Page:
Earlier this week a Florida man, the fourth in the state, was diagnosed with chikungunya fever (pronounced chik-en-gun-ye), a virus spread by mosquitoes. He got the disease after being bitten by an infected mosquito while on a trip in the Caribbean. The virus causes fever and joint pain. The disease has been transmitted by mosquitoes in parts of Southern Europe, Southeast Asia, Africa, and islands found in the Pacific and Indian oceans. In December 2013, chikungunya was reported in Saint Martin and has since spread throughout the Caribbean. There is no reason to panic — most people who get the virus recover in a week, but it is still important to protect yourself and your family from mosquito-borne diseases like chikungunya. Use these chikungunya facts and prevention tips to keep you and your family safe!
Mosquitoes That Carry Chikungunya
Chikungunya is spread by mosquitos in the Aedes genus like the Aedes aegypti (Yellow Fever Mosquito) and Aedes albopictus (Asian Tiger Mosquito), the same mosquito species that transmit West Nile fever, dengue fever and yellow fever. These mosquitoes were originally only found in tropical and subtropical environments, but global trade has helped introduce them to much of the world, including the United States.
Chikungunya symptoms can take anywhere from three to seven days to develop. At this time, there is no vaccine to prevent chikungunya and no medication that directly treats the disease. The symptoms include:
- Joint pain (usually in hands and feet)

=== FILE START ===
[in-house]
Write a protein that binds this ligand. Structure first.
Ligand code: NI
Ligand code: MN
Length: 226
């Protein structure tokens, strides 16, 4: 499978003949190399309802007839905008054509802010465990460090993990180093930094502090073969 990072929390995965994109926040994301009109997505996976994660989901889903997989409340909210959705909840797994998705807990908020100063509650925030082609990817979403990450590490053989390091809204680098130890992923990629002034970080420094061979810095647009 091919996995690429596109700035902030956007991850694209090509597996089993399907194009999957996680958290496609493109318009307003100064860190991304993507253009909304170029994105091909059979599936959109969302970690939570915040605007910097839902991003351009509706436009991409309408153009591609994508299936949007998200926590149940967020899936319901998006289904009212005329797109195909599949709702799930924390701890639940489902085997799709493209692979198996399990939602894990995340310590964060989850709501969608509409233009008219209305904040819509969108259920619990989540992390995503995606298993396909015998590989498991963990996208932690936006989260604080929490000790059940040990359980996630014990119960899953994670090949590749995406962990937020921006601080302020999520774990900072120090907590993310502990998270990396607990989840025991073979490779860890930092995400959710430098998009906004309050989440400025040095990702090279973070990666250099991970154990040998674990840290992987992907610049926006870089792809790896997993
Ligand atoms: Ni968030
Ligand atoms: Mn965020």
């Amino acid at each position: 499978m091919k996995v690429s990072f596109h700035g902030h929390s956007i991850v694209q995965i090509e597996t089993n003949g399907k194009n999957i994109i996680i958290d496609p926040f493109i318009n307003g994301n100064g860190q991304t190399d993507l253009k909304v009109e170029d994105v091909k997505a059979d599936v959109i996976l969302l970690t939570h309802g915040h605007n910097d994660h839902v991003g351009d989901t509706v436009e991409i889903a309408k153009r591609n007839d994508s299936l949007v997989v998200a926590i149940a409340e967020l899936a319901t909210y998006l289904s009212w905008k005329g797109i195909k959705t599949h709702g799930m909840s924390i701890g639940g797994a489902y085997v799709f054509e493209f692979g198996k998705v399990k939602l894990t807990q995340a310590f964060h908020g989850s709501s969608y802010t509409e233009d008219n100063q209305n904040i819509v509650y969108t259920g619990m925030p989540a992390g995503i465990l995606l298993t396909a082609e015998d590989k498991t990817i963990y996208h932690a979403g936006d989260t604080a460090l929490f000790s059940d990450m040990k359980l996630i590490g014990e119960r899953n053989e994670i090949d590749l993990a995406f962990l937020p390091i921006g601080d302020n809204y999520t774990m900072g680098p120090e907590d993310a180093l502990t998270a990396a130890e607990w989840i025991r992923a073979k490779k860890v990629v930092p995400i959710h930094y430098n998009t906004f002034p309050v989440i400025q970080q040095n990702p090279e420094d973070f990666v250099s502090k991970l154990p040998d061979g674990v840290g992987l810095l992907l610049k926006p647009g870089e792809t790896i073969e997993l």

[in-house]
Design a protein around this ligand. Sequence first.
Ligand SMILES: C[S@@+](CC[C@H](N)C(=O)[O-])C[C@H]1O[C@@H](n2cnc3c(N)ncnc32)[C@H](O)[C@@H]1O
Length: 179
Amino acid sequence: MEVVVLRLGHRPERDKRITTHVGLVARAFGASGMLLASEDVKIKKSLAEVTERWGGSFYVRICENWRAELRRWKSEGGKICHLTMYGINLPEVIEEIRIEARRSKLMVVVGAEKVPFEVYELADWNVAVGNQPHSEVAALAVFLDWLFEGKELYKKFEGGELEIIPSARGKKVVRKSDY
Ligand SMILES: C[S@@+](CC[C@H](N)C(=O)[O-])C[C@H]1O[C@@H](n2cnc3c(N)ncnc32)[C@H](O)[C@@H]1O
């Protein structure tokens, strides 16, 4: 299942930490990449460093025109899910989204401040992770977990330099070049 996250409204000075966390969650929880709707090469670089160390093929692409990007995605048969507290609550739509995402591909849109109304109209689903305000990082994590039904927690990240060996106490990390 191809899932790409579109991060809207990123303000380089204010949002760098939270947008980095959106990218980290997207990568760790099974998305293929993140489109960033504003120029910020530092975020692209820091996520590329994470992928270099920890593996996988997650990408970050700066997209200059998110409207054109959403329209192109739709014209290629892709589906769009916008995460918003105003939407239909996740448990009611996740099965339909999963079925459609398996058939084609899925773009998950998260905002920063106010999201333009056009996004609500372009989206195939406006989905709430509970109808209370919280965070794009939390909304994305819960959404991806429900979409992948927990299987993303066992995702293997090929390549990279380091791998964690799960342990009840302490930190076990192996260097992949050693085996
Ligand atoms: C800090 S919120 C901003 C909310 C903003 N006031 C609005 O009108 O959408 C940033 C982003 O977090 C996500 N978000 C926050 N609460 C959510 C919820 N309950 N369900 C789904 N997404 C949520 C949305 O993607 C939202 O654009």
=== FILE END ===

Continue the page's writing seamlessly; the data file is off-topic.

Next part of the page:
- Muscle Pain
- Swelling of joints
If you think you have chikungunya, seek medical attention and be sure to tell your doctor where you have recently traveled. Also, you can help prevent the spread of chikungunya by protecting yourself from mosquito bites while sick.
Use these tips to prevent mosquito bites that may transmit disease:
- Wear long sleeves, pants and a hat when outside
- Protect exposed skin by applying products that contain DEET, picaridin, or oil of lemon eucalyptus (apply sunscreen first before applying insect repellent)
- Use clothing and tents that are treated with permethrin, an insecticide that controls mosquitoes
- Make sure your home has either air conditioning or window screens to keep mosquitoes from getting in
- Use mosquito netting if you plan on sleeping outdoors
If you do get a mosquito bite, try hard not the scratch and apply calamine lotion or hydrocortisone cream to get rid of the itchiness.
We hope these tips will help you and your family enjoy a fun summer that is free of mosquito bites!